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29 March 2015
Australia to join Regional Development Bank led by China
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Australia plans to join an Asian infrastructure bank led byChina, the government announced on Sunday, reversing an earlier decision taken at the behest of the United States not to become a member.
 
The office of Prime Minister Tony Abbott said in a statement that Australia still had concerns about the management of the bank but recognized the pressing needs for infrastructure in the Asian region.
 
“The government is today announcing it intends to sign a memorandum of understanding on the Asian Infrastructure Investment Bank, which would allow Australia to participate as a prospective founding member in negotiations to set up the bank,” the statement said.
 
Australia said it wanted to ensure the board of directors had authority over crucial investment decisions, and that ”no one country,” a reference to China, controls the bank.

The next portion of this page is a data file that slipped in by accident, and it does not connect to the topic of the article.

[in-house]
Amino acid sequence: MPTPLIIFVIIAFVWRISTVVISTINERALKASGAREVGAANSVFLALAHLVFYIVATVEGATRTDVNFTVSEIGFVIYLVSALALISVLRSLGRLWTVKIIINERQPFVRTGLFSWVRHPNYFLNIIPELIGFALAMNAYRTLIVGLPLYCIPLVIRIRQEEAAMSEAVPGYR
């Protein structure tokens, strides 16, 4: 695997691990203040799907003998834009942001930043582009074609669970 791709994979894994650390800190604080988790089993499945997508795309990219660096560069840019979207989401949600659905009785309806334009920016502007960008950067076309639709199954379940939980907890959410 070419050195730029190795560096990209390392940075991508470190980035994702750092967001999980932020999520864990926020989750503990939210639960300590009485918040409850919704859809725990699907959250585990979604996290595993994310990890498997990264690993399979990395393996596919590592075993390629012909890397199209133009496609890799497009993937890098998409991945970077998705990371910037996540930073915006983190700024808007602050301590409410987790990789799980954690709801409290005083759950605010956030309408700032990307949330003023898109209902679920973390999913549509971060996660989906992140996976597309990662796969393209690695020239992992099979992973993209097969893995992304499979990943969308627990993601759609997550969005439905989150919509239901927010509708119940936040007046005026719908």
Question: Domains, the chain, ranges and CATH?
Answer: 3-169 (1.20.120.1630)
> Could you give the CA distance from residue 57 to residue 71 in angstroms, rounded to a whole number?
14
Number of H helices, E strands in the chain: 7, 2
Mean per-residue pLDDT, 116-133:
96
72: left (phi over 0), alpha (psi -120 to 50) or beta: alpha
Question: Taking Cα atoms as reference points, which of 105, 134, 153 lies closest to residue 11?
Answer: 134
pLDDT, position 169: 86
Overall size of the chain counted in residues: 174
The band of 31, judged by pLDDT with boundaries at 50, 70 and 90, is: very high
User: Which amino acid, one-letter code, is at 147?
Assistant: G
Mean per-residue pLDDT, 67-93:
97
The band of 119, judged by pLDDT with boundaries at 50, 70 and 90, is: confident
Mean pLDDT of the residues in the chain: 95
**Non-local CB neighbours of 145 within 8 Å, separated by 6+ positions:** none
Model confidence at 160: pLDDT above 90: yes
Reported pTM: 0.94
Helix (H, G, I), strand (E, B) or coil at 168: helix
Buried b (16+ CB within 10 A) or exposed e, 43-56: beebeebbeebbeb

The decision to join the bank is an about-face for the government, which, with South Korea, agreed to go along with the Obama administration’s requests last year that major Asian allies stay aloof from the bank.
 
The Obama administration publicly criticized Britain for joining earlier this month, saying it was a sign of “accommodation” with China.
 
But when Britain and then France, Italy and Germany announced plans to join the bank this month, Australia, which counts China as its biggest trading partner, came under increased pressure to sign on.
 
Another major trading partner with China, South Korea, said last week it would join the Beijing-based bank.
 
Washington eased its opposition slightly as members of the G20 group of advanced economies joined the bank, saying last week that it would encourage the World Bank and the Asian Development Bank to cooperate with the new institution.
 
A chief justification for the new bank is the failure of the World Bank and the Asian Development Bank, which is based in Manila and led by Japan, to keep up with the huge needs for roads, rail and power in large areas of fast-developing Asia.
 
Japan, China’s biggest competitor in Asia, remains outside the bank, although the Japanese finance minister, Taro Aso, who leads a faction inside the government in favor of joining, said Tokyo would consider entering talks about membership.

New York Times
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